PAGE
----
But perhaps the textobjects we make ourselves are the most important for me, ethically and aesthetically. Objects we make that circulate among others show back to us our embedded belonging in the humanatural world, show us our abilities to participate, show us how our senses are always entwined with there being sensible stuff, show us how our senses exist because there is sensible stuff. We should all be artists with the matter of our texts, in other words, and reflectively so, to try our senses continually and so to experiment with what we understand our relations with ourselves and each other to be, on the way to developing most just relations.
HMB: Can you recommend any online projects HMB readers could access that speak to the aesthetic orientation you advocate?
HMB: The term “digital divide” has gained cultural currency as shorthand for the fact that, across an increasingly networked, digitized globe, some have access to technology and some don’t. Does this problem enter into your thinking, epistemologically or pedagogically? If so, how?
AW: Ever since I got involved with teaching with and about digital technologies in South Central Los Angeles some years back, the question of access has been underneath much of my work such that pedagogy and epistemology can’t be separated. The matter for me hasn’t been access to computers alone but rather access to digital practices and processes that encourage and allow people both to participate outside of expected areas and to represent themselves. In South Central, I helped restructure a computer lab that had been locked down so that people couldn’t save anything on the machines and so couldn’t make much of anything; instead of the lock down, we aimed for people to be able to explore what was on the machines and to make it their own — which also meant that we put onto the machines *not* the drill-and-kill software some had pushed for but rather Word and graphics applications and HyperCard (the latter dates when I was doing this work). I also started producing software and learning materials that were more about playing with the machines and thinking of them as providing creative and intellectual possibilities, possibilities for self-representation, for writing explorations, for thinking of ideas as material to be manipulated and shaped to one’s ends. You can see, then, pedagogical beliefs at work here about access and how education contributes to class building or tries to work against it, as well as then a belief that how one comes to know anything — and so what one knows — cannot be separated from the attitudes one develops (or is encouraged to develop) toward one’s labors.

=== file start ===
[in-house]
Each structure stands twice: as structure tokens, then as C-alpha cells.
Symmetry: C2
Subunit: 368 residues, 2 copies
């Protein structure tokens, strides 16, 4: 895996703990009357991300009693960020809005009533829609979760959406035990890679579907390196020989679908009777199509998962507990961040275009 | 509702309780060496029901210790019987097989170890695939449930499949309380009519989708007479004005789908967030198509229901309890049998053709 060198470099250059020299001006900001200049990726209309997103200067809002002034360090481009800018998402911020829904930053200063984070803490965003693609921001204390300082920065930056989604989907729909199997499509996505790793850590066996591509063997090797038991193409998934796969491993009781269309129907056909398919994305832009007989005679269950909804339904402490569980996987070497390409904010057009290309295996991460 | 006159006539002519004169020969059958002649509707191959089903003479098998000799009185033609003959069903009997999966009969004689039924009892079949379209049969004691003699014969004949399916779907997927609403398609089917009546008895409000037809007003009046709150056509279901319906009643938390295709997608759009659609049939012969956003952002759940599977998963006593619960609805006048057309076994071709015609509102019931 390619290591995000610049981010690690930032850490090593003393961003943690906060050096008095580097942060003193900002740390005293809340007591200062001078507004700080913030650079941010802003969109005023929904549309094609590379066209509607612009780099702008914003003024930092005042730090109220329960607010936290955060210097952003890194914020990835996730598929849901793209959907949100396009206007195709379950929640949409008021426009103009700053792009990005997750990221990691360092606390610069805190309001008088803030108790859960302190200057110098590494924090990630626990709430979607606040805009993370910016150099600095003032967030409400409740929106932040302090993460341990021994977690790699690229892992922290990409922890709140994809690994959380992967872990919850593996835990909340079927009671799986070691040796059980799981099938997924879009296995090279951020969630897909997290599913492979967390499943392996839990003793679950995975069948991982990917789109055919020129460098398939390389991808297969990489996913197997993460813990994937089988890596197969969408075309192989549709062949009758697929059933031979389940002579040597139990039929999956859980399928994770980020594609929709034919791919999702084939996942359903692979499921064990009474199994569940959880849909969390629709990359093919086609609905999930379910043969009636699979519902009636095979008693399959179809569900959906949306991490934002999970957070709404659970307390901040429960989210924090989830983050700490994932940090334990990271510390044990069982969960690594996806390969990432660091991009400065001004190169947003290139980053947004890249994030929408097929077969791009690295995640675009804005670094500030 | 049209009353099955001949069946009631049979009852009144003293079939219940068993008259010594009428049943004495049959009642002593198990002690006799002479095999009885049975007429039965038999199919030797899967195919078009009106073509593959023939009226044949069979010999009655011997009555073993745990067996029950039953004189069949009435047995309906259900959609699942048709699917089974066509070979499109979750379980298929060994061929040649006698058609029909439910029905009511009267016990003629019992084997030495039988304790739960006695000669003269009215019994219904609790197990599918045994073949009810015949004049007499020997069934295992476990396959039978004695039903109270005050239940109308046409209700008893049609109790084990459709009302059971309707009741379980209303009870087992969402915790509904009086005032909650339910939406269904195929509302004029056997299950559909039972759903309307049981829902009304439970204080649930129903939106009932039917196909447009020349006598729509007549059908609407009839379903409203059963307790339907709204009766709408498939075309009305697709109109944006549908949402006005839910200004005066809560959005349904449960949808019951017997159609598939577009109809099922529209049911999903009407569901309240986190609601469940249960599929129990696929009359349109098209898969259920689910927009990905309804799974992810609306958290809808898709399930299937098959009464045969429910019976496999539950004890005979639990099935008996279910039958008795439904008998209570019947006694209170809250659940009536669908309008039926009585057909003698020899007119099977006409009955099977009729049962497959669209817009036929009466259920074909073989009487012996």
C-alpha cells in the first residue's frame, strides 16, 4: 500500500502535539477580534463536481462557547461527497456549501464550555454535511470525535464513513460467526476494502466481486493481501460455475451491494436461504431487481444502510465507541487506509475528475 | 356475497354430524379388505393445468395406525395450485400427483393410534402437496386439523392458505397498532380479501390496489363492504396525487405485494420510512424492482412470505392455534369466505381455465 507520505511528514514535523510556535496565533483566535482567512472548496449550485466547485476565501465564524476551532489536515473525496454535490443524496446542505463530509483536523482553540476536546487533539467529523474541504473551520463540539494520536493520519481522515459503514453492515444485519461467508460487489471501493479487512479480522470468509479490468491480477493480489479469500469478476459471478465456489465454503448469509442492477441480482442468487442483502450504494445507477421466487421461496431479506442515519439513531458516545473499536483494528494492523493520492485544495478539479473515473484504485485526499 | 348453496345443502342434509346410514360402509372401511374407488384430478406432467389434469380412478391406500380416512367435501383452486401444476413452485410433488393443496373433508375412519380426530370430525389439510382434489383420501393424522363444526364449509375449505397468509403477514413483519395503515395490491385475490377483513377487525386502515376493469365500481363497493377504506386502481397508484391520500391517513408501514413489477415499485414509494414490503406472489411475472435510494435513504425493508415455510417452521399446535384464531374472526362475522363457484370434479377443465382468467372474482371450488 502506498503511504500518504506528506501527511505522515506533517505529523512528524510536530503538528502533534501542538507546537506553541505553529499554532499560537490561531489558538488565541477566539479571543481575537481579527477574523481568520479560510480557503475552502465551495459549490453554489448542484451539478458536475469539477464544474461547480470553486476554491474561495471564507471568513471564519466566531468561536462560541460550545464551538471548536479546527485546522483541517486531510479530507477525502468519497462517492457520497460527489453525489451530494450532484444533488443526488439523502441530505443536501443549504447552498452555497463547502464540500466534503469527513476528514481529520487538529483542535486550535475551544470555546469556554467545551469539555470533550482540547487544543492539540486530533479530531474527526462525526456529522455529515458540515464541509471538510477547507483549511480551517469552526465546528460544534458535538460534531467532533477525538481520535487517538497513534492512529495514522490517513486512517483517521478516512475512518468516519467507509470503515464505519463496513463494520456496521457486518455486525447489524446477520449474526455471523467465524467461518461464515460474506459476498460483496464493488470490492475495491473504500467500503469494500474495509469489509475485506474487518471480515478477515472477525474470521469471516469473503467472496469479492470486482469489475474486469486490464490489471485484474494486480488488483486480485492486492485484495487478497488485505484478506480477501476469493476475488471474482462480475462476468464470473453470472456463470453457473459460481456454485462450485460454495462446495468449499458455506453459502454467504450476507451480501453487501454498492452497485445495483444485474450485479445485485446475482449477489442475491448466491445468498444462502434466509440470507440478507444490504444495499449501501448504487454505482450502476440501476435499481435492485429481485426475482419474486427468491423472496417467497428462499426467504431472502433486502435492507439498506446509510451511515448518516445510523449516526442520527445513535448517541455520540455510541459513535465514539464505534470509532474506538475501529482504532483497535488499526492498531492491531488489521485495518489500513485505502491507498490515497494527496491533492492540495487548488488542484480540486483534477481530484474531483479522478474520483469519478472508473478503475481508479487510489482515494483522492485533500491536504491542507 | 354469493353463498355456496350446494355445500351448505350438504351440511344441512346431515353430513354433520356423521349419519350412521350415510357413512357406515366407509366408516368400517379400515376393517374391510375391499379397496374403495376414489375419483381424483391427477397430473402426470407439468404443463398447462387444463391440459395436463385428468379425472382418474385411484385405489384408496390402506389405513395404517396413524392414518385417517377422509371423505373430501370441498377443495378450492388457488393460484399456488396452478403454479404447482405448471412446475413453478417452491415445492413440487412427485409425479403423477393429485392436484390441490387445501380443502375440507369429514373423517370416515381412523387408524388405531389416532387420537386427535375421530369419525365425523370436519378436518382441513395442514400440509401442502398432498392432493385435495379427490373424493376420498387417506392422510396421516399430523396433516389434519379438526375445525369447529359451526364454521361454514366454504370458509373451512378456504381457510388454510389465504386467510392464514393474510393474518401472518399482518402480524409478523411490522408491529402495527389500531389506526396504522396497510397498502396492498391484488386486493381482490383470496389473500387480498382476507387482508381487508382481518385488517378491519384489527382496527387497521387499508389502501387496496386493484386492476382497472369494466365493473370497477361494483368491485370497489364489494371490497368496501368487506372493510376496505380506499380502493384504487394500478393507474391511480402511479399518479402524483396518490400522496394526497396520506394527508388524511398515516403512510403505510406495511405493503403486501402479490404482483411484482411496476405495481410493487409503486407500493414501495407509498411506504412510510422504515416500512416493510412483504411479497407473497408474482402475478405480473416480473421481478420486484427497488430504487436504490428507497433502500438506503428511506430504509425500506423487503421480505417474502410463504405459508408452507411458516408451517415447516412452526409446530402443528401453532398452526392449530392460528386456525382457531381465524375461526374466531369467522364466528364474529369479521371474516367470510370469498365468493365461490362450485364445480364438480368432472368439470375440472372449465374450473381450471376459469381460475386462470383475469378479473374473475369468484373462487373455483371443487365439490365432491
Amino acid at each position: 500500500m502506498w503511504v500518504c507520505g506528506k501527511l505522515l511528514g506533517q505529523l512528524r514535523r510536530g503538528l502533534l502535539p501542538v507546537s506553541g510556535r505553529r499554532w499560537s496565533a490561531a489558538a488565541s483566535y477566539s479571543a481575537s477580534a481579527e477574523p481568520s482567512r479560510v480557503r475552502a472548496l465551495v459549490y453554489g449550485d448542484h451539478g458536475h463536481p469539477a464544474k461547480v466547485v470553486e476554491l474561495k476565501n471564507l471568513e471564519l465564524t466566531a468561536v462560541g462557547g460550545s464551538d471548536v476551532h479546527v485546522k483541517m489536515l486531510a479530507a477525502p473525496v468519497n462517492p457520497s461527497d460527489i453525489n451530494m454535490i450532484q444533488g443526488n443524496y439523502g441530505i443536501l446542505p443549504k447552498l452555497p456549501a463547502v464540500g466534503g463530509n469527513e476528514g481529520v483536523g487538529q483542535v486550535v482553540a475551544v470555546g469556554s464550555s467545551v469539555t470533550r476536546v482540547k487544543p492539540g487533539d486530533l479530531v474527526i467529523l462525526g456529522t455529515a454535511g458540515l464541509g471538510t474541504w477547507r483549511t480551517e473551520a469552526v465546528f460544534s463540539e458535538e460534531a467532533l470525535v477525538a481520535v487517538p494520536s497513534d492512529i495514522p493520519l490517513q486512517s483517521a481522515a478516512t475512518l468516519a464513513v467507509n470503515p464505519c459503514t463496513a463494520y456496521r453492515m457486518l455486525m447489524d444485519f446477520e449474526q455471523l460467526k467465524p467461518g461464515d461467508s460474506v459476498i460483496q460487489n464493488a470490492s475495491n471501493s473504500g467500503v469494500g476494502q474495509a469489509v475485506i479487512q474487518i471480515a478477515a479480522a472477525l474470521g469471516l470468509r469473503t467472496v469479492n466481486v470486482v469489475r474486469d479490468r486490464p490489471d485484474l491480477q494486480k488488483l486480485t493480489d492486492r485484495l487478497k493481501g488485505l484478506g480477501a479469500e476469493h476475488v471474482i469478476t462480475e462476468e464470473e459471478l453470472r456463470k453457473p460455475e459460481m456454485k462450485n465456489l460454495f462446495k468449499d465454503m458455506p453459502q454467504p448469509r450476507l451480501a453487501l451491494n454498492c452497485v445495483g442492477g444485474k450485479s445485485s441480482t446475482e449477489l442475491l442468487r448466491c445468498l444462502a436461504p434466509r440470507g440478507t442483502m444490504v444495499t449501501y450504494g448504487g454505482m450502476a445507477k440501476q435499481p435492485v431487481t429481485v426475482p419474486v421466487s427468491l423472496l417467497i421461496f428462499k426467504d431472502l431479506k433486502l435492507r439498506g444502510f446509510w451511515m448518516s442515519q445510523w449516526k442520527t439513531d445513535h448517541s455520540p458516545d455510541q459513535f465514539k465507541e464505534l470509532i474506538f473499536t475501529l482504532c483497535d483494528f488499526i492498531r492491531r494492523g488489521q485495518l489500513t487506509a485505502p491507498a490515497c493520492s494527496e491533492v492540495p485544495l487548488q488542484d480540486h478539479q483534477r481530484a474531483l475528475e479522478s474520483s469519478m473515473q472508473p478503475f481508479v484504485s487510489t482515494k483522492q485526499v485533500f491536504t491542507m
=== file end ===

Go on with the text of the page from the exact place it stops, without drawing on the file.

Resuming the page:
HMB: What are you working on now? Any upcoming projects?
AW: Several interactive digital pieces languish on my machine, and I have a “book” I want to write on aesthetics, production, and our self-sensed edges of skin. They all await some construction of time.